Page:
Jenna’s moment of what-might-have-been was not easily shaken off. For the rest of that day she was left with a feeling of sadness for what she had lost. And she began to understand that Milo, too, had lost his own what-might-have-been.

Evening arrived and the Palace grew quiet. Jenna’s what-might-have-been thoughts began to fade as she got things ready for Septimus’s Welcome Back Party. The party was, despite Sarah’s objections, going to be in her room, and Sir Hereward was under strict instructions not to let any parents in, on any pretext whatsoever.

At eight o’clock a bemused Sir Hereward watched a succession of Young Ones, as the ghost called them, troupe past him. A wide assortment of Heaps came first: four Forest Heaps, Nicko, Simon and Lucy, then Septimus with Rose. Rupert Gringe came next with his girlfriend, Maggie, and after them the Manuscriptorium contingent arrived: Beetle, Foxy, Moira Mole, Romilly Badger and Partridge, who were followed by Marcus and Matt from Gothyk Grotto. Jenna and Marissa arrived a few minutes later pushing an old Palace trolley (once used for transporting documents down the long corridors) in which sat a huge flagon of what Jenna called “punch” and a box of pewter mugs from one of the old kitchens. It was greeted with a cheer as they pushed it through the doors.

On his way to the party, Foxy had ordered an extra-large bucket of sausage sandwiches from Wizard Sandwiches for delivery to the Palace. Foxy perused the trolley with a practiced eye—he could spot the lack of a sausage sandwich a mile off. “No sausage bucket?” he asked.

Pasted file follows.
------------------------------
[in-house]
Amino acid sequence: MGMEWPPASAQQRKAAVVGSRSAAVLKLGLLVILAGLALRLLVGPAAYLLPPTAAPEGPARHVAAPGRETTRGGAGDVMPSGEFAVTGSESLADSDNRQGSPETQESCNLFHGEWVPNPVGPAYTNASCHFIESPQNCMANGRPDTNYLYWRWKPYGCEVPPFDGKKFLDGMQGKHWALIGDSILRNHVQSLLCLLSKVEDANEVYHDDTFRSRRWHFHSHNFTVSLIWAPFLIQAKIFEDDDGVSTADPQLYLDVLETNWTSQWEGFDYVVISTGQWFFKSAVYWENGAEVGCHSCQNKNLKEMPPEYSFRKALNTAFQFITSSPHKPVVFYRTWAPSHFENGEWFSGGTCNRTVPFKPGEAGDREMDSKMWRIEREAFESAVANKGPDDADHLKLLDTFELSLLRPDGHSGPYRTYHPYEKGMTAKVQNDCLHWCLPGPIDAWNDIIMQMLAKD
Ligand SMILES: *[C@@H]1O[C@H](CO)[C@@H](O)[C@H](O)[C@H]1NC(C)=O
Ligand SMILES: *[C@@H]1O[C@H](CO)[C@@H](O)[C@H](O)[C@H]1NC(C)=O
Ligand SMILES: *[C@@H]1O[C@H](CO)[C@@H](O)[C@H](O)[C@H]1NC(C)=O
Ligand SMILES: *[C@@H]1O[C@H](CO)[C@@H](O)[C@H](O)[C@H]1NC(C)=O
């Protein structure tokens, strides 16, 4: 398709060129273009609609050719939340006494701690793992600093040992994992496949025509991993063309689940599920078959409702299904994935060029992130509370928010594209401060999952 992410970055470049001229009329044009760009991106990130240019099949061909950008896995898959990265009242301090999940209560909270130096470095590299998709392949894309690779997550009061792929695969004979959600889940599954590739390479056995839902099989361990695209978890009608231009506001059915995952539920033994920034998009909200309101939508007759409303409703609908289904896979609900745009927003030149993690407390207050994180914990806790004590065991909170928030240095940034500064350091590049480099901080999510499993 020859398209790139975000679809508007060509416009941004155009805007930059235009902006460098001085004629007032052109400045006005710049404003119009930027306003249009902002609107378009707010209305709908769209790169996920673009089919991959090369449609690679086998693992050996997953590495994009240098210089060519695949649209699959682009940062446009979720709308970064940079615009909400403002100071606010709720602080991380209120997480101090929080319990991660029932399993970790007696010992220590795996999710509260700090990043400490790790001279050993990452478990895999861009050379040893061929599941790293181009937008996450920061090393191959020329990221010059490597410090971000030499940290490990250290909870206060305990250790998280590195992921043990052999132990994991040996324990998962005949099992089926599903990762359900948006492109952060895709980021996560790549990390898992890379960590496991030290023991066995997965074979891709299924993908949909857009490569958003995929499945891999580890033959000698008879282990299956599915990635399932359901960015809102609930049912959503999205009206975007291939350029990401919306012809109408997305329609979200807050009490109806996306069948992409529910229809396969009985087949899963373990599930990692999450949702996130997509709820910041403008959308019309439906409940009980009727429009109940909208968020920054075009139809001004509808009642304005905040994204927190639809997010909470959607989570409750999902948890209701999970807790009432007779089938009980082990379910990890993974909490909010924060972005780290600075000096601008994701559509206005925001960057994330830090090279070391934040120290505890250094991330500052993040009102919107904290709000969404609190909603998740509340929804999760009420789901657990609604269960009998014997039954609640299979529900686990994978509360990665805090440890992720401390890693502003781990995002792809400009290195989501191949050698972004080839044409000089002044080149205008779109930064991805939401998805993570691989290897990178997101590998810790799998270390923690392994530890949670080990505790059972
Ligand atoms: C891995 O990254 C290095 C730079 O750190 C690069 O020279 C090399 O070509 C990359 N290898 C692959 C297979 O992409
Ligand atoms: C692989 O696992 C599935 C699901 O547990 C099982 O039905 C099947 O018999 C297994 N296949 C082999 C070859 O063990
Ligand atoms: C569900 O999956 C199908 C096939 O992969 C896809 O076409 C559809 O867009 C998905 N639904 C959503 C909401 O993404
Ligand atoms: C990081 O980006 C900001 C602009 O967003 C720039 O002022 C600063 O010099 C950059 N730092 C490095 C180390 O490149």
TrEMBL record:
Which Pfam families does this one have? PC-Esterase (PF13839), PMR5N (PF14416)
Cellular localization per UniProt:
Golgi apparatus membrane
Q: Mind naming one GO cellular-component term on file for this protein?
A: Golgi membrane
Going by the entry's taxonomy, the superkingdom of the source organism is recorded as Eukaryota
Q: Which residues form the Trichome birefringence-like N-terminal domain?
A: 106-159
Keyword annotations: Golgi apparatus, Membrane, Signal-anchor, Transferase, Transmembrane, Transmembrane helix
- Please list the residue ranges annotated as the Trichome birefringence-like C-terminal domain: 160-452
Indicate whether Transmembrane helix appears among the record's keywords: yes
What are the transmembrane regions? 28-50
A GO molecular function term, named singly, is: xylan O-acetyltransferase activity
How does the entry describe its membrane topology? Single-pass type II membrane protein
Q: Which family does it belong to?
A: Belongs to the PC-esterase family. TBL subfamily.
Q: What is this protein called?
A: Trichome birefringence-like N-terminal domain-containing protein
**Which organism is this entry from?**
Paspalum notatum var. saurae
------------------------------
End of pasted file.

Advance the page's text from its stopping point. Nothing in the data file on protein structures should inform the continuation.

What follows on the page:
“I’ll go down and check,” said Jenna. “It might be in the hall, waiting.”

“You don’t want them to get cold,” said Foxy anxiously.

As Jenna was descending the sweeping stairs to the Palace entrance hall a loud knocking started up on the old oak entrance doors and did not stop. Jenna picked up speed. “Coming!” she yelled. She threw open the doors and found not the Wizard Sandwiches delivery boy, but two bedraggled elderly men, clearly identical twins, who looked oddly familiar even though Jenna was sure she had never seen them before. They took it in turns to speak.

“You took your time, Miss.”

“It’s freezing out here.”

“Can we come in?”

The twins made as if to step inside but Jenna stopped them. “Who are you?” she asked.

They both chuckled annoyingly. “We’re a surprise. Now be a good girl and run along and tell Silas Heap there’s someone to see him.”

Jenna didn’t like being spoken to like that. “I won’t do anything of the sort.”

“Can’t get the servants nowadays, Ern,” said one, nudging the other.

“You are not speaking to a servant,” said Jenna frostily. “You can wait outside. I will go and find Silas Heap.”

The twins turned to each other. “Hey, Eddie. I reckon she might be . . .” But Jenna never heard who they thought she might be. She slammed the door on them and set off, highly irritated, to find Silas Heap.

Silas was no more pleased than Jenna at the intrusion. He had been relaxing by the fire with Sarah in her old sitting room. Despite Jenna’s fears, neither Sarah nor Silas had any intention of going anywhere near her party—they were savoring the prospect of a quiet evening together. Very reluctantly, Silas left the fireside and set off with Jenna along the icy cold Long Walk.

Jenna threw open the Palace doors to reveal the two scruffy men, each munching their way through a sausage sandwich.

“Goodness!” gasped Silas.

“What nerve!” said Jenna. She snatched up the rapidly cooling sausage bucket from the doorstep.



“Not eaten all day.”

“Been a bit of a hike.”

“How are you, Silas?”

“Have we missed the wedding?”

“Can we come in?”

“Perishing out here.”

Silas looked flabbergasted. He stood back and let the two scruffy tramps in. Jenna was not particularly surprised; Silas had some weird friends.

“I’m off upstairs, Dad,” she said, setting off across the hall.

Silas collected himself. “Jenna! Wait a minute.”